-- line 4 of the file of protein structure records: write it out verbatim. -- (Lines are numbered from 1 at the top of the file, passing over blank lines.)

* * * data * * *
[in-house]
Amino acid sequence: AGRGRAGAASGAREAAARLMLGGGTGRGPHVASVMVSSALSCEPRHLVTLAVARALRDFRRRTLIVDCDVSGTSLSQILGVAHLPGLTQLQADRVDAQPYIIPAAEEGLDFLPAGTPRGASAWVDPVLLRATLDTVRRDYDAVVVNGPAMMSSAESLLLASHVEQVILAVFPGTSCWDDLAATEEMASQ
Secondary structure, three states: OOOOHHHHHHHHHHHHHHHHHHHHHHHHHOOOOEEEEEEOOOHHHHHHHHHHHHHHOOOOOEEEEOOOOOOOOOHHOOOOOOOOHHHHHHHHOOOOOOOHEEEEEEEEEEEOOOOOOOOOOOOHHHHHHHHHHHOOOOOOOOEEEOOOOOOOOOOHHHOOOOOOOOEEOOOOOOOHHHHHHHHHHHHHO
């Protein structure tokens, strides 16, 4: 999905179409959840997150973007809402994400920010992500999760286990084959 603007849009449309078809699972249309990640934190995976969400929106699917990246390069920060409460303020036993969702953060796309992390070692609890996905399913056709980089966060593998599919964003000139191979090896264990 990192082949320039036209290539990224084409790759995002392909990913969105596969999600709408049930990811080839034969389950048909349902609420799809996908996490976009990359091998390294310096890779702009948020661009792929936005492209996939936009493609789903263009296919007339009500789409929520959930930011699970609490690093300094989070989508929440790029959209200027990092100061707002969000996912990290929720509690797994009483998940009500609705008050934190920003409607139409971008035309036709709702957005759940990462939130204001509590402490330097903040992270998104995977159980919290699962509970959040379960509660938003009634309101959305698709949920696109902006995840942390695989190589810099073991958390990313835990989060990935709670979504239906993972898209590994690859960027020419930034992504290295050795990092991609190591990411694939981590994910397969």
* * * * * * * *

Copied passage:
């Protein structure tokens, strides 16, 4: 999905179409959840997150973007809402994400920010992500999760286990084959 603007849009449309078809699972249309990640934190995976969400929106699917990246390069920060409460303020036993969702953060796309992390070692609890996905399913056709980089966060593998599919964003000139191979090896264990 990192082949320039036209290539990224084409790759995002392909990913969105596969999600709408049930990811080839034969389950048909349902609420799809996908996490976009990359091998390294310096890779702009948020661009792929936005492209996939936009493609789903263009296919007339009500789409929520959930930011699970609490690093300094989070989508929440790029959209200027990092100061707002969000996912990290929720509690797994009483998940009500609705008050934190920003409607139409971008035309036709709702957005759940990462939130204001509590402490330097903040992270998104995977159980919290699962509970959040379960509660938003009634309101959305698709949920696109902006995840942390695989190589810099073991958390990313835990989060990935709670979504239906993972898209590994690859960027020419930034992504290295050795990092991609190591990411694939981590994910397969």